In search of a new China: mineral demand in South and Southeast Asia

David Humphreys (Lead / Corresponding author)

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12 Citations (Scopus)
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China’s industrialisation transformed global markets for mineral commodities. As growth in China slows and becomes less material intensive, the question arises whether countries of South and Southeast Asia can take up the baton from China and give a further boost to global mineral demand. The economic prospects of South and Southeast Asia are undoubtedly promising, helped by growing populations and a fast-expanding middle class. However, the model of growth being embraced by these countries is different from that of China and likely to be less material intensive. Also, many of them are economically coming off a very low base. With respect to the supply of minerals to the region, the impact of India’s growth on global mineral markets will be limited by the fact that many of India’s mineral needs can be met from domestic sources. In Southeast Asia, some of the mineral requirements will be met from domestic resources while some of its requirements for finished metals will likely continue to be met from China which is a heavy investor in the region and which has massive surplus metallurgical capacity.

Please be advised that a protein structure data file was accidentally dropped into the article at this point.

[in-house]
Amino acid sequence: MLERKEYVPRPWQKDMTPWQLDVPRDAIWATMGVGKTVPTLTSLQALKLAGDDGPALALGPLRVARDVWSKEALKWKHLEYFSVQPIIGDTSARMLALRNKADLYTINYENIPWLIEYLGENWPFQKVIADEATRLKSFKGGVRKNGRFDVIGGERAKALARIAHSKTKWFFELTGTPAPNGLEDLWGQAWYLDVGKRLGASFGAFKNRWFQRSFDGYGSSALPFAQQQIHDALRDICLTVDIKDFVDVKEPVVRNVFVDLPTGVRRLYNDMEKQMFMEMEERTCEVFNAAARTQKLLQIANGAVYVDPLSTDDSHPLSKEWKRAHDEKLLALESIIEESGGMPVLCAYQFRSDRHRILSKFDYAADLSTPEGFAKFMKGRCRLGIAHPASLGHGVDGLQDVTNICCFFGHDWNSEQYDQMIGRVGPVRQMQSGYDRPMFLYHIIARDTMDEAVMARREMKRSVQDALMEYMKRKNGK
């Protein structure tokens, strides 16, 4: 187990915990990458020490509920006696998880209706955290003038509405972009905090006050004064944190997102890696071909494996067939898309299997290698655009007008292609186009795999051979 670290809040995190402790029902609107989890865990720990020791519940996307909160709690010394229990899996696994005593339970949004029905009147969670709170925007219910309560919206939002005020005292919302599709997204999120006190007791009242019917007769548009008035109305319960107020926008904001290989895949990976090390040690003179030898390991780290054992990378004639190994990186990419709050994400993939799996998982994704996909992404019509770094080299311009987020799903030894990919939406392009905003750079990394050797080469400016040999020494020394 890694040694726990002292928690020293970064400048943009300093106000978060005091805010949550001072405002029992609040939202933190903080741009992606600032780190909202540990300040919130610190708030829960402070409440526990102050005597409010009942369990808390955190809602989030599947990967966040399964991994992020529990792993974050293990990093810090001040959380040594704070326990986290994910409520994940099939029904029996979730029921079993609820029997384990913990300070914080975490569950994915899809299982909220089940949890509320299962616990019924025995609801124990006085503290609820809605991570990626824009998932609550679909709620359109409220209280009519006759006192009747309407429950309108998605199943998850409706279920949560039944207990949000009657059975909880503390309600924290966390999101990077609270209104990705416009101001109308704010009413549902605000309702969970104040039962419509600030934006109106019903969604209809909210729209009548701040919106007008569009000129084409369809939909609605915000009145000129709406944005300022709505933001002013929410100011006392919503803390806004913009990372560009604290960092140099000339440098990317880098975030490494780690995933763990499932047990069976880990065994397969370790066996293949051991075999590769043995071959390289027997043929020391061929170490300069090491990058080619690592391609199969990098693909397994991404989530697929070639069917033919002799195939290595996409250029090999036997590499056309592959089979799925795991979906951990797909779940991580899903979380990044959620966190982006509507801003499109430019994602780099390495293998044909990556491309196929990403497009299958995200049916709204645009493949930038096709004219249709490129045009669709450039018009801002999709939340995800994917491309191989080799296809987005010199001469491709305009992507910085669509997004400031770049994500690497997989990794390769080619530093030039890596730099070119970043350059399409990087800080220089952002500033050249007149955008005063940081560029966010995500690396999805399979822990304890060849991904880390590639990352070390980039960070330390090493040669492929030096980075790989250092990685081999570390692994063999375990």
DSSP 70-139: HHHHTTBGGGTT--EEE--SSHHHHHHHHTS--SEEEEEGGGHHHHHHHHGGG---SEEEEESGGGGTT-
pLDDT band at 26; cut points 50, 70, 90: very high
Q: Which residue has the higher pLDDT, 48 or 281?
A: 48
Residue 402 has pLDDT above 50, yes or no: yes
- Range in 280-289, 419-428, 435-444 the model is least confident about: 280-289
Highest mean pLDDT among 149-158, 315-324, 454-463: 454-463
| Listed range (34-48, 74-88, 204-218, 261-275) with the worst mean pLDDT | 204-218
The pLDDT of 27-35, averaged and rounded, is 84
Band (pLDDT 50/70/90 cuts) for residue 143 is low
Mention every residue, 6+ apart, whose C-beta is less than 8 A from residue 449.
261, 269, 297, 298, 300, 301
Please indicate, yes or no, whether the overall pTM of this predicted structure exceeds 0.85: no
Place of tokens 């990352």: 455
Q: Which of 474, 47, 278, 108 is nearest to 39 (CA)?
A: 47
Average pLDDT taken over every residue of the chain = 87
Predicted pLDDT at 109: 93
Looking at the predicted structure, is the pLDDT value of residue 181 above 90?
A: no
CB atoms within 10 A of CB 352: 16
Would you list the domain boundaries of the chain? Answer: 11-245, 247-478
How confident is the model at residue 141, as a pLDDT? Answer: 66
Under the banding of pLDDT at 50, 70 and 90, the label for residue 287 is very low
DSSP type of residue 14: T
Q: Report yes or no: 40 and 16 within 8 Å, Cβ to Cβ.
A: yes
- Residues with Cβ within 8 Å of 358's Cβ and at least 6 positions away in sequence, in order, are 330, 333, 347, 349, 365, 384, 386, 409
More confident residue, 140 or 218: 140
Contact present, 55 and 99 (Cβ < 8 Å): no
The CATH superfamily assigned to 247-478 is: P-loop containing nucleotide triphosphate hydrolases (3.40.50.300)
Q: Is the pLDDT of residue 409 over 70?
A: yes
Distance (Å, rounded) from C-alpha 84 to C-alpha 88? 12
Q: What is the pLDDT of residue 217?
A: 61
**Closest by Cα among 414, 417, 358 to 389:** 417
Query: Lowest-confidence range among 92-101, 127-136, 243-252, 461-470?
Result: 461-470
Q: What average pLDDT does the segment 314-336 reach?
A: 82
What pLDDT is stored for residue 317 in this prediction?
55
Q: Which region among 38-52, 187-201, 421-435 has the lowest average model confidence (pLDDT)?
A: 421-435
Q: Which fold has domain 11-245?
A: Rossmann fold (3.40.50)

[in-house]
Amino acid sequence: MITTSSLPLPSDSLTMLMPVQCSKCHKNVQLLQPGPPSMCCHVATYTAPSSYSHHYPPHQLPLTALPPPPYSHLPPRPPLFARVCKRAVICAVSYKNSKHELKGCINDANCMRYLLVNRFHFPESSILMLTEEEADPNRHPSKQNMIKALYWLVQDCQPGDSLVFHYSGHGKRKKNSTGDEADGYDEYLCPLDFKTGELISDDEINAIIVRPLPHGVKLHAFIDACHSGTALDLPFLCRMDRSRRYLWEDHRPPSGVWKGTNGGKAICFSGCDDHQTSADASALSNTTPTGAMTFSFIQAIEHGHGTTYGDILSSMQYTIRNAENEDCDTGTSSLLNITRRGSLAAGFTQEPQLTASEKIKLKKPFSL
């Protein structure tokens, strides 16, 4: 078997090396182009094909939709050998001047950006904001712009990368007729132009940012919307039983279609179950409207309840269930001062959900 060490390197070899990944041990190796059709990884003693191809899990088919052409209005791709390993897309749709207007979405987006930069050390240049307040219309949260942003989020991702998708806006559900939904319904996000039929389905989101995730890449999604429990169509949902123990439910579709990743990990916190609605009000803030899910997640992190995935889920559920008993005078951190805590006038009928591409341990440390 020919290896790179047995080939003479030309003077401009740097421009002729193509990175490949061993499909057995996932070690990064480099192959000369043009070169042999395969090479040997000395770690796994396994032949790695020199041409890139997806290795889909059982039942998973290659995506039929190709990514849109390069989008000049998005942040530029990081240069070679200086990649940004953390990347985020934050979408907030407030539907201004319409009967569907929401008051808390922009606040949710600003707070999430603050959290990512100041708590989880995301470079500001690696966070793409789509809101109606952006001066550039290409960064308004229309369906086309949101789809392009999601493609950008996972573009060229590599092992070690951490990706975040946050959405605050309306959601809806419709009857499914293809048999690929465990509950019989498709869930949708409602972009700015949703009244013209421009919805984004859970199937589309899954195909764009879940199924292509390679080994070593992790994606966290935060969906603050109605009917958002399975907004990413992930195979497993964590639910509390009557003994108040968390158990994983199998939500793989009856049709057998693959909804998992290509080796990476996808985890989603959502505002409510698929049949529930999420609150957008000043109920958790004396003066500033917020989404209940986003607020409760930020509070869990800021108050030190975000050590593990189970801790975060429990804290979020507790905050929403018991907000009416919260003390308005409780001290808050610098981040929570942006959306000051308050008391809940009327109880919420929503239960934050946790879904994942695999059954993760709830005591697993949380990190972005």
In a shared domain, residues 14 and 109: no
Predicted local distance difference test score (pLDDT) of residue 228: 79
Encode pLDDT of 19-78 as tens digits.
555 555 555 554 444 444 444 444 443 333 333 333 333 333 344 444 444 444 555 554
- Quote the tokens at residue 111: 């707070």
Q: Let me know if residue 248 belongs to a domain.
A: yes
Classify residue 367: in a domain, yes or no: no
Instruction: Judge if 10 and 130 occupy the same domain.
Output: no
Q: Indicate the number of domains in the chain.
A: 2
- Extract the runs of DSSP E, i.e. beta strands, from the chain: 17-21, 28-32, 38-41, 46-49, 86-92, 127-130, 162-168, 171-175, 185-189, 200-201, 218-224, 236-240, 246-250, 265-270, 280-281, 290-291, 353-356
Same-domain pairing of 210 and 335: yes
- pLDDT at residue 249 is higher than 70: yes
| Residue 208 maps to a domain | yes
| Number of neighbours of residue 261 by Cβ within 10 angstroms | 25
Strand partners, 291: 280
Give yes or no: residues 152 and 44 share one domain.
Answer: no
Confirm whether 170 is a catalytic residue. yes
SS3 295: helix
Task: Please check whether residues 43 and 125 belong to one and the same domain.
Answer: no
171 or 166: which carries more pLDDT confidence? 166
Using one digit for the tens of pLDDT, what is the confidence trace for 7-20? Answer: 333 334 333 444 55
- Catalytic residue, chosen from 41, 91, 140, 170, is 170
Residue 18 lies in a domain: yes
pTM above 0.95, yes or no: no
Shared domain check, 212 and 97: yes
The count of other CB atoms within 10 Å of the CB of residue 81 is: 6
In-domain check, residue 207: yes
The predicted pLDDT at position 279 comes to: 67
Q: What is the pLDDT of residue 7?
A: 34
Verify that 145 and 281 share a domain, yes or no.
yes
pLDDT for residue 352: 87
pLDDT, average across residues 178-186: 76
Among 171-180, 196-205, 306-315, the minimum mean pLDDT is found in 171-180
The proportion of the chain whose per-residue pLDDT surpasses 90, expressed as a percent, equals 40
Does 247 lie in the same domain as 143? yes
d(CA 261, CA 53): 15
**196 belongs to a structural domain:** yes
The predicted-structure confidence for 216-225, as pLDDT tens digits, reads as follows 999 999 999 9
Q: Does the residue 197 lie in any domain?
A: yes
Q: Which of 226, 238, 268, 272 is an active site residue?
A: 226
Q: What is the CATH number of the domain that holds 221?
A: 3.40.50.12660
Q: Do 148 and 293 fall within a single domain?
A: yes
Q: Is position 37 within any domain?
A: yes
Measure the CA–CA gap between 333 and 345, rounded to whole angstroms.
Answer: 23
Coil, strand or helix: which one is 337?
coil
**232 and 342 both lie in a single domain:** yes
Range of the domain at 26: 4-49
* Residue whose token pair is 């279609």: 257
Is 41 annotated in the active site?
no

Original languageEnglish
Pages (from-to)103-112
Number of pages10
JournalMineral Economics
Issue number1-2
Early online date20 Sep 2017
Publication statusPublished - May 2018


  • China
  • India
  • Mineral demand, mining, one belt one road
  • South and Southeast Asia


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